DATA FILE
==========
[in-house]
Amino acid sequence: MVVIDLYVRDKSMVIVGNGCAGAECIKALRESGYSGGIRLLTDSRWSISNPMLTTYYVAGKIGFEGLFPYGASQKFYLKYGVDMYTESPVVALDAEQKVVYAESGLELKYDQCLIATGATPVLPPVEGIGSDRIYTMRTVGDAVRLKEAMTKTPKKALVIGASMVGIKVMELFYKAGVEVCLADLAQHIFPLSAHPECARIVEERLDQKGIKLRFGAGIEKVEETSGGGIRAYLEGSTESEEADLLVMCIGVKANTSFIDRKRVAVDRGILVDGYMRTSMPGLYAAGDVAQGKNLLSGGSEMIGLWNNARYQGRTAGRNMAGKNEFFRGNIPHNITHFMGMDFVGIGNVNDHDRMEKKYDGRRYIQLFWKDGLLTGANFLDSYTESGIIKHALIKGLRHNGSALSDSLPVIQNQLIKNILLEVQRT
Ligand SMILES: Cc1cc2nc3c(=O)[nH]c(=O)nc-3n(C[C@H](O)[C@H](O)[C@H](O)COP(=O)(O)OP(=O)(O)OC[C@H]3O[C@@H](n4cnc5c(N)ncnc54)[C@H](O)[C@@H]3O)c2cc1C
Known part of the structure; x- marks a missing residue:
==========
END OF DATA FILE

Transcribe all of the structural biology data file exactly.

[in-house]
Amino acid sequence: MVVIDLYVRDKSMVIVGNGCAGAECIKALRESGYSGGIRLLTDSRWSISNPMLTTYYVAGKIGFEGLFPYGASQKFYLKYGVDMYTESPVVALDAEQKVVYAESGLELKYDQCLIATGATPVLPPVEGIGSDRIYTMRTVGDAVRLKEAMTKTPKKALVIGASMVGIKVMELFYKAGVEVCLADLAQHIFPLSAHPECARIVEERLDQKGIKLRFGAGIEKVEETSGGGIRAYLEGSTESEEADLLVMCIGVKANTSFIDRKRVAVDRGILVDGYMRTSMPGLYAAGDVAQGKNLLSGGSEMIGLWNNARYQGRTAGRNMAGKNEFFRGNIPHNITHFMGMDFVGIGNVNDHDRMEKKYDGRRYIQLFWKDGLLTGANFLDSYTESGIIKHALIKGLRHNGSALSDSLPVIQNQLIKNILLEVQRT
Ligand SMILES: Cc1cc2nc3c(=O)[nH]c(=O)nc-3n(C[C@H](O)[C@H](O)[C@H](O)COP(=O)(O)OP(=O)(O)OC[C@H]3O[C@@H](n4cnc5c(N)ncnc54)[C@H](O)[C@@H]3O)c2cc1C
Known part of the structure; x- marks a missing residue: